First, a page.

The main purpose of applying a wound dressing is to provide a moist environment to encourage the establishment of the best milieu for rapid healing.13 Hydrogels are tridimensional polymeric networks that can preserve a significant amount of water within their structures and swell without dissolving.14 This means that they can absorb wound exudates, which maintains moisture on the wound surface. Besides, hydrogels have high water vapor and oxygen permeability, as well as mechanical properties that resemble physiological soft tissues.15Carbomer 940 hydrogel have a potential wide range of applicability in the pharmaceutical and dermocosmetic fields.7 In light of the above, we aimed to examine the effects of Carbomer 940 hydrogel on saving the zone of stasis.

 

Capillary blood flow is a key indicator that ensures nutrient delivery and oxygen supply to tissue. Previous studies have pointed that various events could result in blood flow reduction in zone of stasis, including blood coagulation, increased vascular permeability, neutrophil recruitment and plugging of capillaries, and damage to the endothelium mediated by locally released oxygen radicals.16 Hence, dynamic studies of blood flow measurements after burns enable us to unravel mechanisms of progressive ischemia in the zone of stasis. So far, various strategies, such as increasing tissue perfusion, increasing the tolerance of the tissue to ischemia, and antithrombotic and antioxidant agents have been suggested to save the zone of stasis.17In this study, we used laser Doppler flowmetry to access dynamic changes in blood flow following skin burn injury. Laser Doppler flowmetry is non-invasive and convenient for obtaining real-time information on hemodynamics. It can also detect marked alterations in the vascularization of skin wound healing. Laser Doppler flowmetry has been used extensively in experimental and clinical applications.18 Our results showed that blood flow increased in zone of stasis 24 hours following burn induction in rats treated by Carbomer 940 hydrogel.

 

Previously published papers have indicated that hydrogels enhance skin burn wound healing by affecting different stages of repair. Chitosan hydrogel improves the functions of polymorphonuclear leukocytes, macrophages and fibroblasts, and then it promotes granulation tissue formation and can be used in large open wounds.1 It accelerates the infiltration of inflammatory cells such as neutrophils during inflammatory stage of wound repair; therefore, improves the debridement of wound area. Chitosan also accelerates re-epithelialization and will not leave wide scar.19 Our results in day 3 showed no statistical difference in inflammatory cell infiltration in necrotic and ischemic zones in both group of study (table 1) . Sun and his colleagues indicated that dextran hydrogel accelerates the recruitment of endothelial progenitors and cells to the burn wound area, enabling rapid neovascularization after a week of treatment.20 Although angiogenesis in ischemic and necrotic zones in Carbomer 940 treated wounds is more than the control group, it is not statistically different (table 1). They also showed that the dextran hydrogel promotes significant skin maturation; hydrogel-treated wounds have a mature epithelial structure with hair follicles and sebaceous glands.20 Our histopathological results proved that epithelial layer, hair follicle and sebaceous glands remained viable in zone of stasis in Carbomer hydrogel treated rats. Poloxamer -188 is a nonionic block copolymer surfactant of polyoxyethylene and polyoxypropylene, it improves capillary blood flow in zone of stasis.16 It enhances fibrin network permeability and inhibits neutrophil chemotaxis; therefore, it can keep capillaries patent. It also binds to blood platelets and prevents the formation of occlusive thrombus and maintains blood flow in zone of ischemia in burn wounds.16 Our laser Doppler flowmetry measurements revealed that blood flow in zone of stasis in experimental group improved during the first 24 hours and continued till 72 hours post-burning, the same as Poloxamer-188 effects.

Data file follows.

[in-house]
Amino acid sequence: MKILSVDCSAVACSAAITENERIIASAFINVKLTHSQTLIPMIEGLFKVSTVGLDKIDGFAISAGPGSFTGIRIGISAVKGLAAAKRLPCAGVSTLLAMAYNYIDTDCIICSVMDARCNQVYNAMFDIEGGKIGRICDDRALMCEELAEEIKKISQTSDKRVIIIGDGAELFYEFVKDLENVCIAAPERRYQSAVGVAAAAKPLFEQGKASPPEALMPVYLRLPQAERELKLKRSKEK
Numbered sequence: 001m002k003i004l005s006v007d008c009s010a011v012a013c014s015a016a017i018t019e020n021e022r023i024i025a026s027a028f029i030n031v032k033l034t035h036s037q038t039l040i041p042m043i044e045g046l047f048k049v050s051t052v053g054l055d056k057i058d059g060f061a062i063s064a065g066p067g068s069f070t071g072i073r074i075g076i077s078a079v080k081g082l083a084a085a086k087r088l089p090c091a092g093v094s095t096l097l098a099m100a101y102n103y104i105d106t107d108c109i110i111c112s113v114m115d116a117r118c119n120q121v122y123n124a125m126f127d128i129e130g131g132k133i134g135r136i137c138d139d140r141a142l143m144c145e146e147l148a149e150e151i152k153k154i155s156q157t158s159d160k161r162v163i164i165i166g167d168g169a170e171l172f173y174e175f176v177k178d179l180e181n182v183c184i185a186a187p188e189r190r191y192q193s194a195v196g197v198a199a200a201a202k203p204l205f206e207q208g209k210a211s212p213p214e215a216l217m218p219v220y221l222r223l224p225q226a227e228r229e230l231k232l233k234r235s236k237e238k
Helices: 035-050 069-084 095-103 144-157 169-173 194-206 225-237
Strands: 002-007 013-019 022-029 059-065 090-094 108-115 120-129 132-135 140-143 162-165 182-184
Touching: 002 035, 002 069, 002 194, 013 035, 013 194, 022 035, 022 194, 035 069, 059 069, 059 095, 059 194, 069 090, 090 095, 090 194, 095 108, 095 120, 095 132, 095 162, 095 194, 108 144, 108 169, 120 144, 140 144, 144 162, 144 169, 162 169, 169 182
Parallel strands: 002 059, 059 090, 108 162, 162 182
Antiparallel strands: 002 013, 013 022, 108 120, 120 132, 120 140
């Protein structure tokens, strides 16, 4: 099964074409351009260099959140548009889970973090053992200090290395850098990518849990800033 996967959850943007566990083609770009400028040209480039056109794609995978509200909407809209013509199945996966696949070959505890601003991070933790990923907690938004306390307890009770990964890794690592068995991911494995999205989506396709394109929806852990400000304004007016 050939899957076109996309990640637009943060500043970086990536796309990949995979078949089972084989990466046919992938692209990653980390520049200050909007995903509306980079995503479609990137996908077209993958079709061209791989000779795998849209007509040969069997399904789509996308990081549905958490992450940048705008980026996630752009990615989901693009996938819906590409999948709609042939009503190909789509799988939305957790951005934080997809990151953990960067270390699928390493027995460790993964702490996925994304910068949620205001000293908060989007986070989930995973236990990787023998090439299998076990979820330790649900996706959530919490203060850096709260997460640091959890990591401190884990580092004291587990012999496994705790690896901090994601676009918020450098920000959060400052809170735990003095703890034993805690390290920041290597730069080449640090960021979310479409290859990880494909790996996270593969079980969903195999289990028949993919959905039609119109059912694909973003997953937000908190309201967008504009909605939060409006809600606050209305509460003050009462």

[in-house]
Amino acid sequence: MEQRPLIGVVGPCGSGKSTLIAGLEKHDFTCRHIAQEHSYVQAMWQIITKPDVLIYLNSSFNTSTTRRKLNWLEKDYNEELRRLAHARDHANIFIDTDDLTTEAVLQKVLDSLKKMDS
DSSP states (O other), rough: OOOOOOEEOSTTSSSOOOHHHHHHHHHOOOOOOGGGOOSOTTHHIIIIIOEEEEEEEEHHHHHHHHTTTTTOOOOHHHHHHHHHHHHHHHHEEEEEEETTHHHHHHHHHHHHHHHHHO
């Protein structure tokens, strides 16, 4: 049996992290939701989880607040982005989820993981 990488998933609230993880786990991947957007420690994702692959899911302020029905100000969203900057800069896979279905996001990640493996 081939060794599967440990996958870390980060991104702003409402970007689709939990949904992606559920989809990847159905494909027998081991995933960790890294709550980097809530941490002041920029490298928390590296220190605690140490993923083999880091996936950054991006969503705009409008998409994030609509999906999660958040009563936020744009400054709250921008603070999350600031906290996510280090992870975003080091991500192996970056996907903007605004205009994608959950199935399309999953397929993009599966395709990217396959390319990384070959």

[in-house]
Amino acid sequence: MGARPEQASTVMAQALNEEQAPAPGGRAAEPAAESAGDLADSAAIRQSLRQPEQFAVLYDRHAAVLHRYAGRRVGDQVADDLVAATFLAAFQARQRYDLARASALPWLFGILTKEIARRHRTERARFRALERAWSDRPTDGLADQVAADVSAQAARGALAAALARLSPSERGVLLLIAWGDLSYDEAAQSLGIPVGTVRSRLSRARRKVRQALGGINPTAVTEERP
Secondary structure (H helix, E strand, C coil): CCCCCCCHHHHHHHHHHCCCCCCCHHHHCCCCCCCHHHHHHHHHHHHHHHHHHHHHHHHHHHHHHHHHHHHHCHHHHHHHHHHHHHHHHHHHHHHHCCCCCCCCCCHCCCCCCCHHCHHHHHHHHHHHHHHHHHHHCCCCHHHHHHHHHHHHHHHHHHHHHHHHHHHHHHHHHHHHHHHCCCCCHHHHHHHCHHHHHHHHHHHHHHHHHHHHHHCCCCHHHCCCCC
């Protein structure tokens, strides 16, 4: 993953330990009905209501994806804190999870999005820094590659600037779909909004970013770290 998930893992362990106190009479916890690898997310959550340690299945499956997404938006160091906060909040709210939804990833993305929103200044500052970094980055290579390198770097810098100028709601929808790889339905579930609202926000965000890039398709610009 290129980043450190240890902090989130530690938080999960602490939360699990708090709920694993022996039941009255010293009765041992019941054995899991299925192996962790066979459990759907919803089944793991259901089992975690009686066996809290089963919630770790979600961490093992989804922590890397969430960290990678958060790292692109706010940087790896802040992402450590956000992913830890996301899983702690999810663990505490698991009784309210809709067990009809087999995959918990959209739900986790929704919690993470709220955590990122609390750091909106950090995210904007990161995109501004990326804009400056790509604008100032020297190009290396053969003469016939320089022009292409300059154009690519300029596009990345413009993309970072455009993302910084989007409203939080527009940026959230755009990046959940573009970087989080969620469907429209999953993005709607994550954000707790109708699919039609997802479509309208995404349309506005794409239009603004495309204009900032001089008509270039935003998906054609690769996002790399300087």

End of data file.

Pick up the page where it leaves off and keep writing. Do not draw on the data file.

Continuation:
Our study had several limitations. The most significant is the fact that the study was limited to the first 72 hours after burn injury. Therefore, we cannot comment on the ultimate effects on time to reepithelialization and scar formation. Second, the study was limited to rats and may not generalize to humans or other animals. Third, Masson trichrome staining is not suitable to differentiate normal and denaturated collagen fibers and better methods need for evaluation. Forth, the study is limited to contact burns from a heated brass comb and may not be representative of other forms of burn injury. However, previous studies and wide clinical application of Carbomer 940 suggest absence of cytotoxicity, more experiments of skin cell viability in contact of Carbomer 940 is necessary.

 

In summary our results demonstrate the positive effects of Carbomer 940 on saving the zone of stasis in burn wounds. Our results also suggest that application of Carbomer 940 may reduce the progression of burn wound. Future studies should evaluate the long-term effect of Carbomer 940 on burn wound healing and possible mechanism of the hydrogel in preventing the conversion of zone of stasis to necrosis.

 

Table 1. Microscopic and histological results on ischemic and necrotic zones.

 

Day 3

 

Q1

Median

Q3

Necrotic zone

Normal Saline

 

 

 

 

Extent of Inflammation

0.5

0.5

1

 

Severity of Inflammation

1

2

2

 

Re-epithelialization

0

0

0

 

Fibroplasia

0

0

0

 

Fibrosis

3

3

3

 

Angiogenesis

0.5

1.5

1.5

 

 

 

 

 

Ischemic zone

Extent of Inflammation

1

1

1

 

Severity of Inflammation

2

2

2

 

 

 

 

 

 

Re-epithelialization

0

0

0.5

 

Fibroplasia

0

0

0

 

Fibrosis

3

3

3

 

Angiogenesis

0.5

1

1.5

 

 

 

 

 

 

 

Carbomer Hydrogel

 

 

 

Necrotic zone

Extent of Inflammation

1

1

1

 

Severity of Inflammation

1

2

2

 

Re-epithelialization

0

0

0

 

Fibroplasia

0

0

0

 

 

 

 

 

 

Fibrosis

3

3

3

 

Angiogenesis

1

1.5

2

 

 

 

 

 

 

 

 

 

 

 

 

 

 

 

Ischemic zone

Extent of Inflammation

0.5

0.5

0.5

 

Severity of Inflammation

1

1

1

 

Re-epithelialization

1.5

1.5

1.5

 

Fibroplasia

0

0.5

0.5

 

Fibrosis

3

3

3

 

Angiogenesis

1

1.5

1.5

Figure 2. H&E staining (left column) and Masson trichrome staining (right column) of specimens a,b) Zone of stasis inCarbomer 940 hydrogel treated rat. Epithelial layer, hair follicles and sebaceous glands remained viable. c,d) Necrotic zones in experimental group, denaturation of collagen fibers visible. e,f) Necrosis of epithelium, hair follicles and sebaceous glands in zone of ischemia in control group. g,h) Zone of necrosis in control group